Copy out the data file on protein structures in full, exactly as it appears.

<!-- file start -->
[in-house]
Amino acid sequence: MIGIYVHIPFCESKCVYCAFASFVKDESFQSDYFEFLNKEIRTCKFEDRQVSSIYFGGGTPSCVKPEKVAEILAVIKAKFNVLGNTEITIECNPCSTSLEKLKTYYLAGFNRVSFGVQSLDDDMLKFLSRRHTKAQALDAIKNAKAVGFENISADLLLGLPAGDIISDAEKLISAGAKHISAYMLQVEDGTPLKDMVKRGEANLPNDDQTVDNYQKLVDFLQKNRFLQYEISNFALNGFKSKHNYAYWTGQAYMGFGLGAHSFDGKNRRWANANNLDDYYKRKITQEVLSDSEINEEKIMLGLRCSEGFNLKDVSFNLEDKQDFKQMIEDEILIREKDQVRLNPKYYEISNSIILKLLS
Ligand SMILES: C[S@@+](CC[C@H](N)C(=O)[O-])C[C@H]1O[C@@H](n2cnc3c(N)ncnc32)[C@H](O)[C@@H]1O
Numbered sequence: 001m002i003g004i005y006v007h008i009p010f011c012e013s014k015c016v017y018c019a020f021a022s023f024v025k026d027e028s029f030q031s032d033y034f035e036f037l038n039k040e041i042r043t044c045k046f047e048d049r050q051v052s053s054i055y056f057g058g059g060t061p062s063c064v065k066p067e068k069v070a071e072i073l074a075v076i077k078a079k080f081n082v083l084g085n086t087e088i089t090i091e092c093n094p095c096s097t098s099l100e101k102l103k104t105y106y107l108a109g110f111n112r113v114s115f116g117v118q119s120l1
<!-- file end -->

[in-house]
Amino acid sequence: MIGIYVHIPFCESKCVYCAFASFVKDESFQSDYFEFLNKEIRTCKFEDRQVSSIYFGGGTPSCVKPEKVAEILAVIKAKFNVLGNTEITIECNPCSTSLEKLKTYYLAGFNRVSFGVQSLDDDMLKFLSRRHTKAQALDAIKNAKAVGFENISADLLLGLPAGDIISDAEKLISAGAKHISAYMLQVEDGTPLKDMVKRGEANLPNDDQTVDNYQKLVDFLQKNRFLQYEISNFALNGFKSKHNYAYWTGQAYMGFGLGAHSFDGKNRRWANANNLDDYYKRKITQEVLSDSEINEEKIMLGLRCSEGFNLKDVSFNLEDKQDFKQMIEDEILIREKDQVRLNPKYYEISNSIILKLLS
Ligand SMILES: C[S@@+](CC[C@H](N)C(=O)[O-])C[C@H]1O[C@@H](n2cnc3c(N)ncnc32)[C@H](O)[C@@H]1O
Numbered sequence: 001m002i003g004i005y006v007h008i009p010f011c012e013s014k015c016v017y018c019a020f021a022s023f024v025k026d027e028s029f030q031s032d033y034f035e036f037l038n039k040e041i042r043t044c045k046f047e048d049r050q051v052s053s054i055y056f057g058g059g060t061p062s063c064v065k066p067e068k069v070a071e072i073l074a075v076i077k078a079k080f081n082v083l084g085n086t087e088i089t090i091e092c093n094p095c096s097t098s099l100e101k102l103k104t105y106y107l108a109g110f111n112r113v114s115f116g117v118q119s120l1